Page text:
Analysis of Onion Management Practices as they relate to levels of Aspergillus niger (Black Mold) and Development of IPM scouting protocols for Black mold 2000
Principal Investigators: Teresa Rusinek, CCE Ulster County; John Mishanec, Area IPM Vegetable Educator, Eastern NY
Cooperators: Prof. James Lorbeer, Cornell University, Orange County Onion Growers, Maire Ullrich, CCE Orange County
Black mold (Asperigillus niger) has increasingly been a problem for Orange county onion growers. In 1999 we intended to see if the procedure of rolling early season onions with green tops, prior to harvest, was creating wounds and openings through which wind blown and/or soil borne inoculum of black mold was infecting the outer scales of onion bulbs. Black mold favors high temperatures. Temperatures generally are quite warm during late July and early August when rolling usually occurs. We also looked at undercutting, lifting and windrowing. We thought these practices might reduce black mold by drying the onions without making wounds.
The summer of 1999 was very dry. For most of the Orange county onion-growing region, rainfall was well below average or practically non-existent. The entire onion crop went down early. This situation did not allow for growers to roll their onions. We were able to compare undercutting, lifting and windrowing and found surprising results. Results showed increased black mold incidence when onions were undercut, lifted or windrowed.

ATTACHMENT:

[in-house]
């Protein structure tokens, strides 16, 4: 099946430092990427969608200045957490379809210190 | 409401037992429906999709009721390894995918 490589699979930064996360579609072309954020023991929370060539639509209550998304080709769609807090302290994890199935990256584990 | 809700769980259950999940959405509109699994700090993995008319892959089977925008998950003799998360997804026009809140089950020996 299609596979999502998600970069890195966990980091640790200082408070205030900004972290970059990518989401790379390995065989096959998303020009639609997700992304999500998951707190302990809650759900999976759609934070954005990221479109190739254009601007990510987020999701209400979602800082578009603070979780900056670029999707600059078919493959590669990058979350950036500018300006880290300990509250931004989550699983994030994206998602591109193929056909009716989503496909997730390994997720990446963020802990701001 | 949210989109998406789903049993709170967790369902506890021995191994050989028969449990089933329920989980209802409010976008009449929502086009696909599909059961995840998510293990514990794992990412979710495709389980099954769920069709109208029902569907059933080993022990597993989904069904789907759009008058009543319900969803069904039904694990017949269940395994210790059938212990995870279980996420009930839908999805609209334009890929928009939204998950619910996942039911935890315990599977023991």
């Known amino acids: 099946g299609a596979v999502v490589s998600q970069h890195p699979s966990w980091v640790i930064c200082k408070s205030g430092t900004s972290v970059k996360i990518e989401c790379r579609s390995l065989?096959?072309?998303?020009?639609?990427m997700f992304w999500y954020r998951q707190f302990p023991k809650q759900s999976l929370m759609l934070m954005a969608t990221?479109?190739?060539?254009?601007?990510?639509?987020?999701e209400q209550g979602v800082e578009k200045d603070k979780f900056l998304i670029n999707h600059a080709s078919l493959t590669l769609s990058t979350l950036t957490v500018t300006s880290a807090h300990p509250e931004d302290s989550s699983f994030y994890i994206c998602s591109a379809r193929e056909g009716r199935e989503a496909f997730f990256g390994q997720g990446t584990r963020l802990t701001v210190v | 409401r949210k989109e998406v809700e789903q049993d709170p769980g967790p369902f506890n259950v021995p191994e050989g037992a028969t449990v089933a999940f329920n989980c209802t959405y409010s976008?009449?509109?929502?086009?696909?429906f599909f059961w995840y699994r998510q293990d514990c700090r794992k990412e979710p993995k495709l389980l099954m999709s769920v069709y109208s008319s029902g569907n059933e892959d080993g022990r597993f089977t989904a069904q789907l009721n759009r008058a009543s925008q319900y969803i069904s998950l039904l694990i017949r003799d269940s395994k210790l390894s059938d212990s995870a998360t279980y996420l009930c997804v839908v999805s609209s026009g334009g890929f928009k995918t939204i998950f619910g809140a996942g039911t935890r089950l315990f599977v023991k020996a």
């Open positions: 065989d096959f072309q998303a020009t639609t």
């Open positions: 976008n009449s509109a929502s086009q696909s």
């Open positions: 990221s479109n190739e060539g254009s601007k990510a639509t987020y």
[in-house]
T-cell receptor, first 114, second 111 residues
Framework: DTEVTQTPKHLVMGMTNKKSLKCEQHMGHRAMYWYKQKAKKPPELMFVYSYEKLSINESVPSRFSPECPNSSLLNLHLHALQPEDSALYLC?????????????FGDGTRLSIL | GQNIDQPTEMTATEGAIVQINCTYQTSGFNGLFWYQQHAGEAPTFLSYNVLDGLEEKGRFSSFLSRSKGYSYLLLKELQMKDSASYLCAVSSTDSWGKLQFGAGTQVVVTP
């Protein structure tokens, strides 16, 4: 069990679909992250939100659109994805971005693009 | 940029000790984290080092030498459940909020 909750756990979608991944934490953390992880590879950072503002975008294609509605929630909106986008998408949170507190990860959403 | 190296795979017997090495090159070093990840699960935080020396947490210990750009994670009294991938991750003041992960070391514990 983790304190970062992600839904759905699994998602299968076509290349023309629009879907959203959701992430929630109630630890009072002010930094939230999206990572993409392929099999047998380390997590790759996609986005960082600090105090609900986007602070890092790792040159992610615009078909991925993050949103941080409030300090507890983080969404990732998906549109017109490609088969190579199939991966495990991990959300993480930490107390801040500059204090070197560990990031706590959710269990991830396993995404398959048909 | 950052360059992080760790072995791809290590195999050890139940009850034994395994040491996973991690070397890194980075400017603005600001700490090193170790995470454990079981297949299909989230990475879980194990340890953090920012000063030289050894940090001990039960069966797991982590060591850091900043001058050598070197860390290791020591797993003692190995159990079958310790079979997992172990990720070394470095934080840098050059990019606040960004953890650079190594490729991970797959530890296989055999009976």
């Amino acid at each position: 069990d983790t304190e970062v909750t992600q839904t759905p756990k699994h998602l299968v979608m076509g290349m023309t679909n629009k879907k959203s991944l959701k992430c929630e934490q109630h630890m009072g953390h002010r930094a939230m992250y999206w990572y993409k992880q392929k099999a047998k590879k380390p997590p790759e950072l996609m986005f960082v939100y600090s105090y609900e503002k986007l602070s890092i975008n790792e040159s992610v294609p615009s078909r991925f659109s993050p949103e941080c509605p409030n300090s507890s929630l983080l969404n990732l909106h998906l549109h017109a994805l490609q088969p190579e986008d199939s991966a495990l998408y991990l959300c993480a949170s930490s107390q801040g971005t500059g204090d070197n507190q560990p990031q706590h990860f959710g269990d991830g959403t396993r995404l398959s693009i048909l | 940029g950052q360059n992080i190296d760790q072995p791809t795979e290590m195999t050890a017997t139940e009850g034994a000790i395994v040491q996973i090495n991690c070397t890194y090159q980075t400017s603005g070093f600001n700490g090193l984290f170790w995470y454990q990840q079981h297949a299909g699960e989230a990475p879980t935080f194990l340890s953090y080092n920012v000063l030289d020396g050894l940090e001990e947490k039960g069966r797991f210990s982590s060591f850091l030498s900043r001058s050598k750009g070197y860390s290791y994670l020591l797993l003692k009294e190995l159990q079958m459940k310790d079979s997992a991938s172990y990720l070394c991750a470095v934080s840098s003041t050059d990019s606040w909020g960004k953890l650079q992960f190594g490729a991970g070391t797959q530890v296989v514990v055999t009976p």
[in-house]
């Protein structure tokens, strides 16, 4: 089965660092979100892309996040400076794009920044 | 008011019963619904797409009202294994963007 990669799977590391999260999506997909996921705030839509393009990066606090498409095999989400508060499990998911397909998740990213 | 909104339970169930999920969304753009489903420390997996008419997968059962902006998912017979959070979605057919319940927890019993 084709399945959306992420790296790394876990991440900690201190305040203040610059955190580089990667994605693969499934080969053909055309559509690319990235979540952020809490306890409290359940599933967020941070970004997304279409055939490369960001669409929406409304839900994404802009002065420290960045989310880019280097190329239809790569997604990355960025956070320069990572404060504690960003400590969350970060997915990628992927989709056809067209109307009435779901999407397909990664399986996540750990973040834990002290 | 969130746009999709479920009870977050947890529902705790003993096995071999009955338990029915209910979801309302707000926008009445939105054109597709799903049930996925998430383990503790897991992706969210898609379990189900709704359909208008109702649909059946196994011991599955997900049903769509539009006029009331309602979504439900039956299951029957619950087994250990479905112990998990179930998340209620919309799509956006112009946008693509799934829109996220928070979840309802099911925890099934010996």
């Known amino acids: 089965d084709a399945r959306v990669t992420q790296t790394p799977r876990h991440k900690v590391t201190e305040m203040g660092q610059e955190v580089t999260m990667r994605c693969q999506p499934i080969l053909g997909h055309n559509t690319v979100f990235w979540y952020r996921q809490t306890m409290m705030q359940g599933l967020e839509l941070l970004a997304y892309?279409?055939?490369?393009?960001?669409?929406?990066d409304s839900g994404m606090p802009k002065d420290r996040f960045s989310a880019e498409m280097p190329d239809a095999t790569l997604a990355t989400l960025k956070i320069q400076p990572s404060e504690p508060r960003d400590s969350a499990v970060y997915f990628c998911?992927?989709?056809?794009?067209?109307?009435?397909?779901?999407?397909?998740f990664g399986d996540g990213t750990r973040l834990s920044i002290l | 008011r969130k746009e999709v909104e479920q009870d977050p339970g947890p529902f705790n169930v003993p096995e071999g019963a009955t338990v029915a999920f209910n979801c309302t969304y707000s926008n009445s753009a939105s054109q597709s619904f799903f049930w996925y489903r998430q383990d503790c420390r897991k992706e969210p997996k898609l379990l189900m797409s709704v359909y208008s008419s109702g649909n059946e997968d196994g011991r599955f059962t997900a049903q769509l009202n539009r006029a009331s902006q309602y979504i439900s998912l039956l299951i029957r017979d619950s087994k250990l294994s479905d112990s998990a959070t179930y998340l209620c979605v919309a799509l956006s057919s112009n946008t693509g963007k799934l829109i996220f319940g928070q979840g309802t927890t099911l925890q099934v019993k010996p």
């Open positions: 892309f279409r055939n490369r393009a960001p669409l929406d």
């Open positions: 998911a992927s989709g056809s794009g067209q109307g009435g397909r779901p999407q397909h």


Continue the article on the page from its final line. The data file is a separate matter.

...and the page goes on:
In 2000, we repeated the investigation to see if we would get similar results. Prof. James Lorbeer tested Aspergillus niger levels in the soil from the fields involved in the investigation. Soil samples taken this year correlate the highest inoculum levels with fields that have had the least rotation out of onions. The field with the highest soil inoculum rating was also the only field that showed onions with a detectable % of BM before and after storage. The 2000 season was cool and wet; overall incidence of black mold in onion bulbs was low probably due to weather conditions. Because of this it is difficult to draw conclusions based on the data collected this year. Data collected over the past three years on % black mold by variety can help researchers narrow down control options and perhaps guide growers to less susceptible varieties. In the past two years, four scouts have been trained to identify Aspergillus niger in the field. Historically, we have not been able to detect black mold in the field until bulbs are very close to maturity. It therefore stands to reason that scouting for black mold just prior to harvest is most practical. This information will help growers make better harvest and storage management decisions.